I’ve been a little cranky all week, having returned to Cincinnati on Saturday from a week spent all along the beautiful, jagged coast of Maine.
Perhaps you can understand why. My mind is still reeling from now being 600 miles from the ocean when not long ago I was always in sight of the Atlantic.
During that week I remained blissfully unaware of news and current events, my mind preoccupied with drinking in as much of the coastal scenery as possible and finding the next lobster roll. That included baseball—most of Red Sox country has long since dismissed this iteration of their team, save Big Papi’s pursuit of 500 career homers and Joe Kelly, certified public accountant. Far away from the shrill din of the Brennamans, I could watch baseball without getting on edge about what it meant for next season.
Fortunately, Maine is far enough away from Boston to be shielded from their own extreme brand of hyperbolic reactions and worry. That buffer from the cacophony of WEEI at drive time is emblematic of Maine’s relation to the rest of the country—a lot of what is happening west of York County might as well be happening on the moon. What is there worth getting bent out of shape over when there are 3,478 miles of rocky harbors, coves, and coastline to breathe in and endless fresh seafood in every little hamlet situated on that coast?
But, there was a baseball lesson still to be drawn from this. I am a Red Sox fan first and foremost. And just as I drop my ‘r’s for ‘h’s and shorten my vowels when surrounded by my Down East Maine family, my adoration of Papi, Pedroia, and Fenway Park is revitalized whenever I step foot in New England again. And in the brief moments last week when I caught the Sox on TV while waiting for food or a beer, I got to thinking about the ephemeral nature of a “winning team”.
2013 is only two years behind us, but sports seasons have a sort of Fibonacci Sequence-like tendency to feel even more distant as they recede further into the past. As Boston stands on the precipice of its third last-place finish in four years, their World Series ring in the middle of that desert of losing baseball stands as a stark outlier.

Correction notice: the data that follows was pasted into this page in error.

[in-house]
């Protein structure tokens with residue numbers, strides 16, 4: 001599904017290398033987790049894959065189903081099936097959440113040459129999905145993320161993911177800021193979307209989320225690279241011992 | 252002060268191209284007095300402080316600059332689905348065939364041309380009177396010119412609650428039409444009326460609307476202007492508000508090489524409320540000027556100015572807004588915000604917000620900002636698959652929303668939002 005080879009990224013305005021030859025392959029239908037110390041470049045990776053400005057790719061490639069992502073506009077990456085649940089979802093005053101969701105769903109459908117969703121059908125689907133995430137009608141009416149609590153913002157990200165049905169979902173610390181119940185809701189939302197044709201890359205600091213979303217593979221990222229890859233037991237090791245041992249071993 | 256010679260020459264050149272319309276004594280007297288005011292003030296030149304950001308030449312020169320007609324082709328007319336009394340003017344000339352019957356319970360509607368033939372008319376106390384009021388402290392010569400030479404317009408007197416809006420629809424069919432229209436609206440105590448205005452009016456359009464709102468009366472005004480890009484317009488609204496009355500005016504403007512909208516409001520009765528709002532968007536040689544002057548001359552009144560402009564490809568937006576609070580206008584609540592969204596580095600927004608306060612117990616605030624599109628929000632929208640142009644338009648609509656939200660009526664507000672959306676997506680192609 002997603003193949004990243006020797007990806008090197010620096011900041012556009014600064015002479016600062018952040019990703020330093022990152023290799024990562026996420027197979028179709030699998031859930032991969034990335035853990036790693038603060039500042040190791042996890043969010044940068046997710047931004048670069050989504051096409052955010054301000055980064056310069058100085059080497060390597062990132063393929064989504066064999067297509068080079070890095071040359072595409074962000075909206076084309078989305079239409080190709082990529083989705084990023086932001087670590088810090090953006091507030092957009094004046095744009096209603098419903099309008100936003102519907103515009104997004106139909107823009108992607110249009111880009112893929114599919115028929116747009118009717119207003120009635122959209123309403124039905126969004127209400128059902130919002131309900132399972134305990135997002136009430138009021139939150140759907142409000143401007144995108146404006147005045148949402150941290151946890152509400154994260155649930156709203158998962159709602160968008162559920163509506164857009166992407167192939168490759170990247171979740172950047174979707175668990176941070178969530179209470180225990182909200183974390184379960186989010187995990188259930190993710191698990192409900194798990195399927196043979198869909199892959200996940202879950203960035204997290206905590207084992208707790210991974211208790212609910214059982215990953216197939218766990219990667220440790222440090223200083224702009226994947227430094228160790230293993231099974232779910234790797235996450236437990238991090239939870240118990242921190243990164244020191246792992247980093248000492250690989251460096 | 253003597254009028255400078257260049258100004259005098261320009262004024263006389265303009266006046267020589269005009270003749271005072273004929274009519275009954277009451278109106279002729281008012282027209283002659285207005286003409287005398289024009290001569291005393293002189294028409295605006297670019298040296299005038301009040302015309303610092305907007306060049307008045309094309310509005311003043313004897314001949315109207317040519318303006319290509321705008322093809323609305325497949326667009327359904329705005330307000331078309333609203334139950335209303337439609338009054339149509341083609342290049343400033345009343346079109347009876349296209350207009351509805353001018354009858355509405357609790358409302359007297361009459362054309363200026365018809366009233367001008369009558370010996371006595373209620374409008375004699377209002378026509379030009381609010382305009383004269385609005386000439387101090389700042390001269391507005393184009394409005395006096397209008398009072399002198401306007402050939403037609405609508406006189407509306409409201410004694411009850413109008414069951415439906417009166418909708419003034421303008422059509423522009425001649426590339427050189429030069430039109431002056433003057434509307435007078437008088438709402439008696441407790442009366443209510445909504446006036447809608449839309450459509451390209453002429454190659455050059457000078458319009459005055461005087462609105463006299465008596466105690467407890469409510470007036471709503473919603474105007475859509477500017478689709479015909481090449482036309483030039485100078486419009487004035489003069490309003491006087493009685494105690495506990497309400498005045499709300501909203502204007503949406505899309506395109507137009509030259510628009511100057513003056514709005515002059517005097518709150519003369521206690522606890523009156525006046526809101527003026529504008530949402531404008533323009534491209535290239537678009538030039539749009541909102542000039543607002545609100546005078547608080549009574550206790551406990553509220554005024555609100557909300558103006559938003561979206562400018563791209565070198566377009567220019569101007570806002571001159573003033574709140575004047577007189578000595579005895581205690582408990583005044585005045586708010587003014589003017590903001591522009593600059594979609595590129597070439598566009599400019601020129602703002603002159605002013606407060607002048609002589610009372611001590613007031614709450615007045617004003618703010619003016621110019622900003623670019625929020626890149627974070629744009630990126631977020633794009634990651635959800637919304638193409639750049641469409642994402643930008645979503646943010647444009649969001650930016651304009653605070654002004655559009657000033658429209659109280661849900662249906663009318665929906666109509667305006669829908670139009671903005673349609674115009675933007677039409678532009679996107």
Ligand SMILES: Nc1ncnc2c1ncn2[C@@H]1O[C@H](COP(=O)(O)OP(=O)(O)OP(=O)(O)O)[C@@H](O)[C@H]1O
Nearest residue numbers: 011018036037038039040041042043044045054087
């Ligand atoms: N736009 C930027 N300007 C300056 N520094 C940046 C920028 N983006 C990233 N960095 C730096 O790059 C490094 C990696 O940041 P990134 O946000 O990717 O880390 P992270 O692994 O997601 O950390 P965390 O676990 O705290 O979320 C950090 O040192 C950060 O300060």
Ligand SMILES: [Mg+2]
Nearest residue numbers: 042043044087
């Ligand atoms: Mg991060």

Heading into the 2013 season, that club was largely ignored in preseason prognostications, with the best-case scenario seemingly a second-place finish in the AL East and maybe sneaking into a wild card spot. In retrospect, though they were incorrect in how Boston’s 2013 ended up, they weren’t exactly wrong about that team.
The Red Sox got great years out of David Ortiz and Dustin Pedroia to be sure, but that coincided with the best year of Jarrod Saltalamacchia’s career, Shane Victorino’s last good season, and, somehow, the perfect combination of Jonny Gomes, Daniel Nava, and Mike Carp manning left field. Mike Napoli somehow stayed healthy for 139 games. Another three-headed platoon (Will Middlebrooks, Stephen Drew, and Jose Iglesias) mostly took care of the left side of the infield and contributed 31 homers while batting .269.
Only in 2013 could a lineup often starting Drew, Saltalamacchia, and Nava win 97 games, lead baseball in runs scored (5.3 R/G), and go 11-5 in the postseason on the way to a championship. Seriously, look at their numbers:
That’s a microcosm of every MLB season right there. Something we writers will call “luck”, “good timing”, or “a perfect storm”. Something we can only learn with a couple years of hindsight. Every championship is won not just by the perennial MVP candidate or All-Star, but also the one, two, or three guys who play a couple degrees better than everyone expected of them. Without them you don’t pull 97 wins and a division title out of a hat. Sometimes, you can see those seasons coming with their improvement over the years prior. Often, though, they’re a slowly-revealed surprise, provoking articles investigating how these improvements came to be.
These landmark seasons don’t happen by luck; they are developed quietly in the dimly-lit batting cages or during early afternoon BP. Players tinker and learn in those still hours between games. Sometimes it just all comes together at once for a team. That’s when they take you by surprise and spin a magical season when everything works out just right.
Thinking about this, watching a mostly-full Fenway Park showing up for their last place team just to see Ortiz get closer to .500 and maybe check in on how the young guys are cutting it, I felt oddly comforted. We don’t know when that next great season will come around, both here in Cincinnati and up in Red Sox country. The waiting, while slogging through a series of disappointing seasons, is never fun. But you never quite see the magical season coming that way, you guard yourself against the best-case scenario and temper your expectations.
And that is the fun part. Because someday in late August—be it a year or two or three from now—you’ll glance at the standings and you won’t be able to stop yourself from grinning. It will all come together, it will surprise most of us, and it will be one heck of a ride.